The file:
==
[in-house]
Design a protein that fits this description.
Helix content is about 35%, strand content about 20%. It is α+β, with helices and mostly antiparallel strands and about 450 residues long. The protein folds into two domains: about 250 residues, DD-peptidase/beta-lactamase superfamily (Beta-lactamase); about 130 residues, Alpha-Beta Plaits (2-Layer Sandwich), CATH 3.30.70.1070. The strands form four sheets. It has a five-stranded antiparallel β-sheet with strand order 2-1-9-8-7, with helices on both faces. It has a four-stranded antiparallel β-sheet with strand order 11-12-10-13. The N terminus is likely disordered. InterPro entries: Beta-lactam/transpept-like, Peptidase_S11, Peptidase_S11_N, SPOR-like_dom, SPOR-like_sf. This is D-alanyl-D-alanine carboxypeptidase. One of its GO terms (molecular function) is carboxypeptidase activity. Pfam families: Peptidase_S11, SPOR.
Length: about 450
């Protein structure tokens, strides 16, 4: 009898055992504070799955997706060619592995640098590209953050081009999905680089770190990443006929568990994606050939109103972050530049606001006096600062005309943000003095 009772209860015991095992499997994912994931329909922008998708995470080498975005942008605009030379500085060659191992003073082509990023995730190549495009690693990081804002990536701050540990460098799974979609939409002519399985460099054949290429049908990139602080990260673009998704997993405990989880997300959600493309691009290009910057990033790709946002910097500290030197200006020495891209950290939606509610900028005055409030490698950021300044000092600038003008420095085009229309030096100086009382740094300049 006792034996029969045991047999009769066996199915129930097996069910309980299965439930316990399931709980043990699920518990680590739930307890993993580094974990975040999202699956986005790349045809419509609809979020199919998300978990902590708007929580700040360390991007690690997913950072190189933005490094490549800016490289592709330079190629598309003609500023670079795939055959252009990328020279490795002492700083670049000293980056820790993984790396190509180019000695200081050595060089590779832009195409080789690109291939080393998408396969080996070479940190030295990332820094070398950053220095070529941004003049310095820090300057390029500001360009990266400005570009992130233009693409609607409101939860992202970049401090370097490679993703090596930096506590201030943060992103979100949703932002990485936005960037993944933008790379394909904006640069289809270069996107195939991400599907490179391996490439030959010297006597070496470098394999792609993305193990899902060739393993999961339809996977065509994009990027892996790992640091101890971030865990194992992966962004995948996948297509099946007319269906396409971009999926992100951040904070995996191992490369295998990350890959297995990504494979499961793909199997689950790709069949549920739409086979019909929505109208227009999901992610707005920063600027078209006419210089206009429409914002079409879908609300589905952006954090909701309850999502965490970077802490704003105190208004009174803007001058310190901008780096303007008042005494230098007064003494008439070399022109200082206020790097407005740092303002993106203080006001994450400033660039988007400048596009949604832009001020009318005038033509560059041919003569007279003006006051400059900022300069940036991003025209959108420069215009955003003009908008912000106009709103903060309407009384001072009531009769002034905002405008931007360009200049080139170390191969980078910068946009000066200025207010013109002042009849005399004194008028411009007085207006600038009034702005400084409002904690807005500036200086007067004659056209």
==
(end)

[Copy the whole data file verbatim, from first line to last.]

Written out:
[in-house]
Design a protein that fits this description.
Helix content is about 35%, strand content about 20%. It is α+β, with helices and mostly antiparallel strands and about 450 residues long. The protein folds into two domains: about 250 residues, DD-peptidase/beta-lactamase superfamily (Beta-lactamase); about 130 residues, Alpha-Beta Plaits (2-Layer Sandwich), CATH 3.30.70.1070. The strands form four sheets. It has a five-stranded antiparallel β-sheet with strand order 2-1-9-8-7, with helices on both faces. It has a four-stranded antiparallel β-sheet with strand order 11-12-10-13. The N terminus is likely disordered. InterPro entries: Beta-lactam/transpept-like, Peptidase_S11, Peptidase_S11_N, SPOR-like_dom, SPOR-like_sf. This is D-alanyl-D-alanine carboxypeptidase. One of its GO terms (molecular function) is carboxypeptidase activity. Pfam families: Peptidase_S11, SPOR.
Length: about 450
């Protein structure tokens, strides 16, 4: 009898055992504070799955997706060619592995640098590209953050081009999905680089770190990443006929568990994606050939109103972050530049606001006096600062005309943000003095 009772209860015991095992499997994912994931329909922008998708995470080498975005942008605009030379500085060659191992003073082509990023995730190549495009690693990081804002990536701050540990460098799974979609939409002519399985460099054949290429049908990139602080990260673009998704997993405990989880997300959600493309691009290009910057990033790709946002910097500290030197200006020495891209950290939606509610900028005055409030490698950021300044000092600038003008420095085009229309030096100086009382740094300049 006792034996029969045991047999009769066996199915129930097996069910309980299965439930316990399931709980043990699920518990680590739930307890993993580094974990975040999202699956986005790349045809419509609809979020199919998300978990902590708007929580700040360390991007690690997913950072190189933005490094490549800016490289592709330079190629598309003609500023670079795939055959252009990328020279490795002492700083670049000293980056820790993984790396190509180019000695200081050595060089590779832009195409080789690109291939080393998408396969080996070479940190030295990332820094070398950053220095070529941004003049310095820090300057390029500001360009990266400005570009992130233009693409609607409101939860992202970049401090370097490679993703090596930096506590201030943060992103979100949703932002990485936005960037993944933008790379394909904006640069289809270069996107195939991400599907490179391996490439030959010297006597070496470098394999792609993305193990899902060739393993999961339809996977065509994009990027892996790992640091101890971030865990194992992966962004995948996948297509099946007319269906396409971009999926992100951040904070995996191992490369295998990350890959297995990504494979499961793909199997689950790709069949549920739409086979019909929505109208227009999901992610707005920063600027078209006419210089206009429409914002079409879908609300589905952006954090909701309850999502965490970077802490704003105190208004009174803007001058310190901008780096303007008042005494230098007064003494008439070399022109200082206020790097407005740092303002993106203080006001994450400033660039988007400048596009949604832009001020009318005038033509560059041919003569007279003006006051400059900022300069940036991003025209959108420069215009955003003009908008912000106009709103903060309407009384001072009531009769002034905002405008931007360009200049080139170390191969980078910068946009000066200025207010013109002042009849005399004194008028411009007085207006600038009034702005400084409002904690807005500036200086007067004659056209």